Warnings of DeJoy scheme to 'kill postal banking' as USPS reportedly considers plan to let Big Banks set up ATMs in post offices

Warnings of DeJoy scheme to 'kill postal banking' as USPS reportedly considers plan to let Big Banks set up ATMs in post offices
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JPMorgan Chase, the largest financial institution in the United States, is reportedly in talks with the U.S. Postal Service about a proposal to set up ATMs in post offices in several states across the country—a plan critics warned is an effort to eliminate the possibility of a public postal banking system.


Capitol Forum reported Wednesday that the Postal Service—currently headed by Louis DeJoy, a Republican megadonor to President Donald Trump—is "considering a proposal from JPMorgan Chase (JPM) to offer banking services in post offices in a move that could give the Wall Street giant an exclusive right to solicit postal customers."

A recent internal USPS planning document obtained by Capitol Forum says "the Postal Service is in discussions with JPMorgan Chase concerning a potential limited pilot test of ATM and other banking services located on Postal Service premises in several states." One anonymous source told Capitol Forum that the pilot would involve the Wall Street giant "leasing space from the Postal Service."

Sen. Sherrod Brown (D-Ohio), the top Democrat on the Senate Banking Committee and author of postal banking legislation, slammed the reported plan as yet another destructive Wall Street power-grab.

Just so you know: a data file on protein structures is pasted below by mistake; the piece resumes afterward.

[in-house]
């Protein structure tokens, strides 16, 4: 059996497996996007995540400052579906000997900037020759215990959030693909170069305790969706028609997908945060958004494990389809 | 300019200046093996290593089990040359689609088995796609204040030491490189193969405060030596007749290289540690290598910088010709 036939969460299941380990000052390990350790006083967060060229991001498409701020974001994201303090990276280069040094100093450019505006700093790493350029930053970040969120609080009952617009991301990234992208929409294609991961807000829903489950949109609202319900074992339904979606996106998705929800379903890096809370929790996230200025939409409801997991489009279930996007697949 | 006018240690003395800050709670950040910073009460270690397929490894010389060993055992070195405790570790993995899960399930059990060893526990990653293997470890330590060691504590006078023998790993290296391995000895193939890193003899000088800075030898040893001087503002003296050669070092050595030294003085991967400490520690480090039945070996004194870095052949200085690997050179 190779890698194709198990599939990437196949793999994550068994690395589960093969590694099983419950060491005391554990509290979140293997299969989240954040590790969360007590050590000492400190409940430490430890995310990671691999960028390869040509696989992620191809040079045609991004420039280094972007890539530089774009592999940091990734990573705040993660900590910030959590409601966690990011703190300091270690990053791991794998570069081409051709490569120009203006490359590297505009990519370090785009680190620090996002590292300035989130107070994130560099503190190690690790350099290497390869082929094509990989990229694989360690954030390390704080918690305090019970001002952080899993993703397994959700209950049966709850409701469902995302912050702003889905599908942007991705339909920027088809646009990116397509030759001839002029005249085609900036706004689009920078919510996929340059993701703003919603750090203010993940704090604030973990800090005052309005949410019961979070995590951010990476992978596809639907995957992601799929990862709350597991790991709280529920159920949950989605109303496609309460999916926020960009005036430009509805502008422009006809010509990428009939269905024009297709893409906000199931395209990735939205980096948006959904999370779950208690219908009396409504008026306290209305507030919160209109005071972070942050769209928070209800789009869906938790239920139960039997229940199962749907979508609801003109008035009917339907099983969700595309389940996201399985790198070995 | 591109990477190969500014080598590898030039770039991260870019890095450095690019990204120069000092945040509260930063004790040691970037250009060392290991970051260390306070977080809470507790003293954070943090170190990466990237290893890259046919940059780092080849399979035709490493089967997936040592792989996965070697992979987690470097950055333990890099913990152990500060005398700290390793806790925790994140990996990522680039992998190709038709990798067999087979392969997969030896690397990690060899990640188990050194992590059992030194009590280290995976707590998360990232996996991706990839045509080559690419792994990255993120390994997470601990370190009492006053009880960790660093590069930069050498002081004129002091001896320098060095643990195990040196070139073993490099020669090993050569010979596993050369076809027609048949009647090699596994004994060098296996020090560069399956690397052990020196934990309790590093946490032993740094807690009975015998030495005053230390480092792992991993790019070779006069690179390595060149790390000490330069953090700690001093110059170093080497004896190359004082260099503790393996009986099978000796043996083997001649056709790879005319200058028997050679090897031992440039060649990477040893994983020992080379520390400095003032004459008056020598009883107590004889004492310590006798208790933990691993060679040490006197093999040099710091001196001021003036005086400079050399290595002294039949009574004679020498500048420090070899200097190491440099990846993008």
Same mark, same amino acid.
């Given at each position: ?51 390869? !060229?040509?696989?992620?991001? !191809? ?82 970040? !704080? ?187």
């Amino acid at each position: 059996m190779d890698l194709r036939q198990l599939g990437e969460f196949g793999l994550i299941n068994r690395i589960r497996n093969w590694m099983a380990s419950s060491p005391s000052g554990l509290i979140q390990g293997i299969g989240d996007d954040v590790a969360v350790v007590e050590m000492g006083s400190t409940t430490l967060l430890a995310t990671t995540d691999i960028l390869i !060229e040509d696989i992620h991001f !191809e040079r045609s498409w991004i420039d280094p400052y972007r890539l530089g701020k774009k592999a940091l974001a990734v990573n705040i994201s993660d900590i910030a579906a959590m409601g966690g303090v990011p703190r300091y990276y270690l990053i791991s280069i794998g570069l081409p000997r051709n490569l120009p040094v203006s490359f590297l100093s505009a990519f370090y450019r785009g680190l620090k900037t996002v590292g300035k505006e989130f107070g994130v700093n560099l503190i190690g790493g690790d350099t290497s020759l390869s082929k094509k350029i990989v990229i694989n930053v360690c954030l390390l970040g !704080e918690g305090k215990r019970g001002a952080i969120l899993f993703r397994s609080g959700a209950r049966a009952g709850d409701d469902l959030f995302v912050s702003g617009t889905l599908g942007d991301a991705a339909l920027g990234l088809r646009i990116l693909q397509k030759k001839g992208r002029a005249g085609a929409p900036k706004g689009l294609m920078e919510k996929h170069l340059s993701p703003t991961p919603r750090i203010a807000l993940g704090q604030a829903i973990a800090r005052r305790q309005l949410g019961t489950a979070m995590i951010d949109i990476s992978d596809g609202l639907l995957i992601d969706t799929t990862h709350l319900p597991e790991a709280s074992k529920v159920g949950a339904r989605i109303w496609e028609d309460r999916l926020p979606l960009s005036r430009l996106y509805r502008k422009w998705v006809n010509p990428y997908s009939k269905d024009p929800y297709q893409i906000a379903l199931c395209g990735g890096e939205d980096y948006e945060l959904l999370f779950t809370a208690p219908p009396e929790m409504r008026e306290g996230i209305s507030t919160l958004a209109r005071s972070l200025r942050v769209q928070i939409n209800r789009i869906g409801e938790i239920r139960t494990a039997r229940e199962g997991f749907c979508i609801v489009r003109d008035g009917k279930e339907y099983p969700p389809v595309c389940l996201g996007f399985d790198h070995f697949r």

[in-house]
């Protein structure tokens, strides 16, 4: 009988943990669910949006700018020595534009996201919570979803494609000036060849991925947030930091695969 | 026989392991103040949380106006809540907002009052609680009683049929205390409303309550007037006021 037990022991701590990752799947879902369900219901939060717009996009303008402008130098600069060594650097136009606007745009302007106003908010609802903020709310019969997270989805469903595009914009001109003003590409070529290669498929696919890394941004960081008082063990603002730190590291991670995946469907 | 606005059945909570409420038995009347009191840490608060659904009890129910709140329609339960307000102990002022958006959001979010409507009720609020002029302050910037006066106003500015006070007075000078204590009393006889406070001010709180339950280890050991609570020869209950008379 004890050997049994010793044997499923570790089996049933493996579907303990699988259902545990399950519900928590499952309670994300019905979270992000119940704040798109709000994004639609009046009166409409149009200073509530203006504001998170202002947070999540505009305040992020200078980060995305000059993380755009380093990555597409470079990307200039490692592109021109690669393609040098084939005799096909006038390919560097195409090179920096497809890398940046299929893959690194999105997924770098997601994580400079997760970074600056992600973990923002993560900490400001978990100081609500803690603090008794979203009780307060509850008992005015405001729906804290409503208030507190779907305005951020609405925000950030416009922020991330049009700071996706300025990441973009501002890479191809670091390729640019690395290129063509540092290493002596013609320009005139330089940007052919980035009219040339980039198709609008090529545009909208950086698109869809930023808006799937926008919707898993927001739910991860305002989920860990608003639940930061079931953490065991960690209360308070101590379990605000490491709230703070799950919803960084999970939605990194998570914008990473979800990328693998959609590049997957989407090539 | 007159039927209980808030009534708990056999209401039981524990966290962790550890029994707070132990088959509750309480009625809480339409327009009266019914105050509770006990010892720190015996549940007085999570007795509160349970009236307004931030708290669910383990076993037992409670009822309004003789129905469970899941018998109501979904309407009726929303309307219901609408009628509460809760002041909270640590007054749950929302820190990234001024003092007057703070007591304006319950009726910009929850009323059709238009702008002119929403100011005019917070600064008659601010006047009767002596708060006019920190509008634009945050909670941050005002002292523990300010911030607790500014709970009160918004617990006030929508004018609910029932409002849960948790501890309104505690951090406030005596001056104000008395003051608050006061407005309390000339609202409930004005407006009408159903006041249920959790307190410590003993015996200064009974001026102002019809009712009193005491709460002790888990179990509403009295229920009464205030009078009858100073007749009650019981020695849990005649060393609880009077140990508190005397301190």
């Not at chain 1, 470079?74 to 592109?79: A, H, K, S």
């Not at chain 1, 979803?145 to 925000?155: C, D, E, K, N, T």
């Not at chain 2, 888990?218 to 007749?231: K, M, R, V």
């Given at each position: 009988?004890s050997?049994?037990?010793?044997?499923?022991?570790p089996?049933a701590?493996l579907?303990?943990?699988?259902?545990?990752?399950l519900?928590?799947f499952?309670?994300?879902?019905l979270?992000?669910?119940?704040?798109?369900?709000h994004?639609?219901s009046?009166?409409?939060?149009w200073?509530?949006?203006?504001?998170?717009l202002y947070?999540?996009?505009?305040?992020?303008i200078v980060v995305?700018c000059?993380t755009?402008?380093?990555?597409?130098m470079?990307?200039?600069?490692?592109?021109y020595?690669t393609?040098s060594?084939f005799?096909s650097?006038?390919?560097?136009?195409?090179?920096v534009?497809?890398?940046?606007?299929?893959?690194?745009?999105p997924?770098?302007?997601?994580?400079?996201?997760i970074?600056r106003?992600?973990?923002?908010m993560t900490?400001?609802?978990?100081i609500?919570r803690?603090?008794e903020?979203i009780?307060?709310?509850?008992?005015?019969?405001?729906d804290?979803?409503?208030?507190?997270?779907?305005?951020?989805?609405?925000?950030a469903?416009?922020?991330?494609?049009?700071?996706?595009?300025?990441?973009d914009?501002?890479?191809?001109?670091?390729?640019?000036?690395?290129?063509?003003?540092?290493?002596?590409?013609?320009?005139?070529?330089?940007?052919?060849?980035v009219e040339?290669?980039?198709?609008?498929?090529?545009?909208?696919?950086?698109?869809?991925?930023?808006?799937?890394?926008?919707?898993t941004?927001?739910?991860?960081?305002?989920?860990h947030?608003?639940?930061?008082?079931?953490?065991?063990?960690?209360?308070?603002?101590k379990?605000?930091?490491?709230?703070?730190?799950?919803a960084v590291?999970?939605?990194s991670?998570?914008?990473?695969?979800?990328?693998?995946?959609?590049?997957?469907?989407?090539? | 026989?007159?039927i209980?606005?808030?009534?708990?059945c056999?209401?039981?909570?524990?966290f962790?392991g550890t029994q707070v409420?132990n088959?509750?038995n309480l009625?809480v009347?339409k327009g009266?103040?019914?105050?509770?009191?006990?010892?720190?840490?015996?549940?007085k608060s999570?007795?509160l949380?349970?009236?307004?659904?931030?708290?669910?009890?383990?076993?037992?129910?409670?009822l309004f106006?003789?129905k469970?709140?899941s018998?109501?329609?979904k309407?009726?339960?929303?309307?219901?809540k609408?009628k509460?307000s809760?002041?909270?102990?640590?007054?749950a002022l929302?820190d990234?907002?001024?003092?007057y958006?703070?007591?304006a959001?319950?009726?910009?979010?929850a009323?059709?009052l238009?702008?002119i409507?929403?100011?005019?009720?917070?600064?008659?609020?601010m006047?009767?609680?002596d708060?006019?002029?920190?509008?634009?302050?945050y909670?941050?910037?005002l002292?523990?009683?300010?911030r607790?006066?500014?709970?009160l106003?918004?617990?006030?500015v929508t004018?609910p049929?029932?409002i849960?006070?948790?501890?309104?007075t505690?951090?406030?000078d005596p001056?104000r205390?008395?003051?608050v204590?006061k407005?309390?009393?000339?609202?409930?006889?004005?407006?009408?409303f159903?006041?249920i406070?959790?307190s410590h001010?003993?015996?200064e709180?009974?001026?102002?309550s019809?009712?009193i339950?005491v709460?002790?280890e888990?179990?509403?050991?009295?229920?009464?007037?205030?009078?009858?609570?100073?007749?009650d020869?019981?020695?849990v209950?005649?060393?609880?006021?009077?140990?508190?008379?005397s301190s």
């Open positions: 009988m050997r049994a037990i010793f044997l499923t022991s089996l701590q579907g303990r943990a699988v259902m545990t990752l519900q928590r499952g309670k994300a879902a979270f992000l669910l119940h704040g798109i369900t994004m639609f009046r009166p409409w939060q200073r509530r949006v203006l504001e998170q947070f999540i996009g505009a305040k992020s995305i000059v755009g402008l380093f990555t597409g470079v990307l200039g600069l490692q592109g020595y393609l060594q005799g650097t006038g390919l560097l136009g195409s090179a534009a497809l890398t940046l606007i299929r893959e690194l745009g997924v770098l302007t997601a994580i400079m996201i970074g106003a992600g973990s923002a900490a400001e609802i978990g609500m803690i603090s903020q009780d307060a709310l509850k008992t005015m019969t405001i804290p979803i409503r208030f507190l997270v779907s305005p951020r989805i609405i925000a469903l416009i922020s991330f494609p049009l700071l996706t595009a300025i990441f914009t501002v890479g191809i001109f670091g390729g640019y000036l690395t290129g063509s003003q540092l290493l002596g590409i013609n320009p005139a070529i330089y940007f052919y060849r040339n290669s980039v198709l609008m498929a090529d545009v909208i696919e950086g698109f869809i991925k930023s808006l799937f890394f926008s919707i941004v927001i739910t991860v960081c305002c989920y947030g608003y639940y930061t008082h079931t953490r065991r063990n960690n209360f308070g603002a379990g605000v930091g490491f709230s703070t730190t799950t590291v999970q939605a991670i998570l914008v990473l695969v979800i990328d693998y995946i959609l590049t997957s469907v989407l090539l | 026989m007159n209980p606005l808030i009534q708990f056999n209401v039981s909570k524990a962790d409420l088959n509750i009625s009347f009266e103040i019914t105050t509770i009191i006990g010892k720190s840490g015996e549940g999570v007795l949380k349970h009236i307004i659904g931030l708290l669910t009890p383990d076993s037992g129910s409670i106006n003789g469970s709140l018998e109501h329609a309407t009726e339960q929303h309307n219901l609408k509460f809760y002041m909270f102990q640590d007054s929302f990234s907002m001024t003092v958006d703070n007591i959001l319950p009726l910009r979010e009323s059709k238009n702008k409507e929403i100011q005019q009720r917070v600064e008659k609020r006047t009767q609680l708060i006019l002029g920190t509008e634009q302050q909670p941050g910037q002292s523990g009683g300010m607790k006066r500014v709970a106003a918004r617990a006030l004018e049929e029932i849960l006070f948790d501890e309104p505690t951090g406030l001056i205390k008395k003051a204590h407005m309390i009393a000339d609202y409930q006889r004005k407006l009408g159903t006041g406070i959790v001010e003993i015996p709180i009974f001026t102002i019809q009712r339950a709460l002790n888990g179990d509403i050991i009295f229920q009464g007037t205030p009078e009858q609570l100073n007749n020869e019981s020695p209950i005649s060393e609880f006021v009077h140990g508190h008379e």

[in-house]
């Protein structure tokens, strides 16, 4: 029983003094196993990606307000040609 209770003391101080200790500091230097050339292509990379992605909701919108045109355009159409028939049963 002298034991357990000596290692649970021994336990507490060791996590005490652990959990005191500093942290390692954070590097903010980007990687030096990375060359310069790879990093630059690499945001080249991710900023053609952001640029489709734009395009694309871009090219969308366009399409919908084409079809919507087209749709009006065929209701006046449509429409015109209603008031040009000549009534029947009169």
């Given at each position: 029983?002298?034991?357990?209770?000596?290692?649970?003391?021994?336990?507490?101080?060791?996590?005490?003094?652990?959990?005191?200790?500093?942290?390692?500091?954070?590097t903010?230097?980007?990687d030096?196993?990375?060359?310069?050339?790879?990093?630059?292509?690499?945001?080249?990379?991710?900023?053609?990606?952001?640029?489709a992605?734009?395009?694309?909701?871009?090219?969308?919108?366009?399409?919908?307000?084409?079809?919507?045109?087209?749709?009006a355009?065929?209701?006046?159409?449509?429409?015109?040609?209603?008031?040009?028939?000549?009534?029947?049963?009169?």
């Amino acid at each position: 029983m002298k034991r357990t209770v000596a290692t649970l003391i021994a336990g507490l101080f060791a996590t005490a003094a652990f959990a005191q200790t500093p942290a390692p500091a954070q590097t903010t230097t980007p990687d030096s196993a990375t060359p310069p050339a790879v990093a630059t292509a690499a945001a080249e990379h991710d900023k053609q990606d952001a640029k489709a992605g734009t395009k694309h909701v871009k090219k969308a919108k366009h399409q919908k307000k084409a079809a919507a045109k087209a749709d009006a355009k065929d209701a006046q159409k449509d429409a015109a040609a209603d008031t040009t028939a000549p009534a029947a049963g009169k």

"What JPMorgan Chase wants to do looks like another attempt for big banks and corporations to privatize our public infrastructure so their shareholders gain while working families suffer," Brown told the New York Times, which confirmed Capitol Forum's reporting on the talks between USPS and JPMorgan Chase.

Times reporter Emily Flitter noted that big banks have long been fervently opposed to the idea of a USPS-provided banking system. "If JPMorgan had ATMs and other facilities in post offices, it could make it harder for postal banking to become a reality," Flitter tweeted Wednesday. "Banks oppose the idea of postal banking because it would represent another source of competition for them."

David Dayen, executive editor of The American Prospectwarned that the plan being explored by JPMorgan Chase and the USPS "would be no more than a rental of ATM space in exchange for the elimination of a potential rival before it gets going."

"This wouldn't expand services for the unbanked, wouldn't change the terms that put big bank financial services out of reach for poorer people," said Dayen. "It's designed just to stop postal banking from being offered with an exclusivity agreement. It's more an antitrust violation than a deal."

News of the talks between Wall Street and the USPS comes as DeJoy is facing massive public backlash over changes to mail operations that postal workers believe are designed to pave the way for privatization of the most popular government institution in the country. On Tuesday, DeJoy vowed to suspend—but not reverse—his policy changes until after the November election.

Economist Robert Reich tweeted Wednesday that "a people's post office would offer banking services to compete with JPMorgan and the other big Wall Street (too-big-to-fail) banks, now ripping off Americans with exorbitant fees."

"Instead," Reich wrote, "USPS is now considering partnering with JPMorgan to set up its banks inside post offices."

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